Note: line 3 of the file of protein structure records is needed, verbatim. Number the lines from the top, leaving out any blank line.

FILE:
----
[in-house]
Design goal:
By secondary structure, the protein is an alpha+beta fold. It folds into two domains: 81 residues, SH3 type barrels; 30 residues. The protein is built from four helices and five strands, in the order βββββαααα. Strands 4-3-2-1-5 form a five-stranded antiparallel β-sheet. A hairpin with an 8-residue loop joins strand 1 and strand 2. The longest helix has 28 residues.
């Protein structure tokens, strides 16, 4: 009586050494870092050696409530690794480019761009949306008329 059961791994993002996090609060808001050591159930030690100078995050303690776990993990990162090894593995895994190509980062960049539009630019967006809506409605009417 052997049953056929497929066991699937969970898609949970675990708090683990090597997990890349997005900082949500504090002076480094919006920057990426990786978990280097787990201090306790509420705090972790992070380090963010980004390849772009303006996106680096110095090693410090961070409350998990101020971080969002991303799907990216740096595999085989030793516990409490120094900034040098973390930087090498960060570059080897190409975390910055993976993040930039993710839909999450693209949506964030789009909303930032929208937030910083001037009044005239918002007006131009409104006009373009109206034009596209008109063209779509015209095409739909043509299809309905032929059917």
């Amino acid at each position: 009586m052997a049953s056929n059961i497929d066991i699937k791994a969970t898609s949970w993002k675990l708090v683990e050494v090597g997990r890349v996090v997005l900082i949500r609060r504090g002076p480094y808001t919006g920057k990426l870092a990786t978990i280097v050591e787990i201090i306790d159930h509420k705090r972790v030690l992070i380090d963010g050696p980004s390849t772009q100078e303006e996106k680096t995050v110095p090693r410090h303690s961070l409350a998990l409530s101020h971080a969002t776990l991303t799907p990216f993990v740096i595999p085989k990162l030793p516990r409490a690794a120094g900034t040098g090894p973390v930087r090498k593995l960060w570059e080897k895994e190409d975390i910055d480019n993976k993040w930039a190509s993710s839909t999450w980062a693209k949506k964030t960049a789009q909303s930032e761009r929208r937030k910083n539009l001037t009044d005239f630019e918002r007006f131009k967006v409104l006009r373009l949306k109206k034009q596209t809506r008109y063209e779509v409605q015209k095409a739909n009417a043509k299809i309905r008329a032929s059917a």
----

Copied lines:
By secondary structure, the protein is an alpha+beta fold. It folds into two domains: 81 residues, SH3 type barrels; 30 residues. The protein is built from four helices and five strands, in the order βββββαααα. Strands 4-3-2-1-5 form a five-stranded antiparallel β-sheet. A hairpin with an 8-residue loop joins strand 1 and strand 2. The longest helix has 28 residues.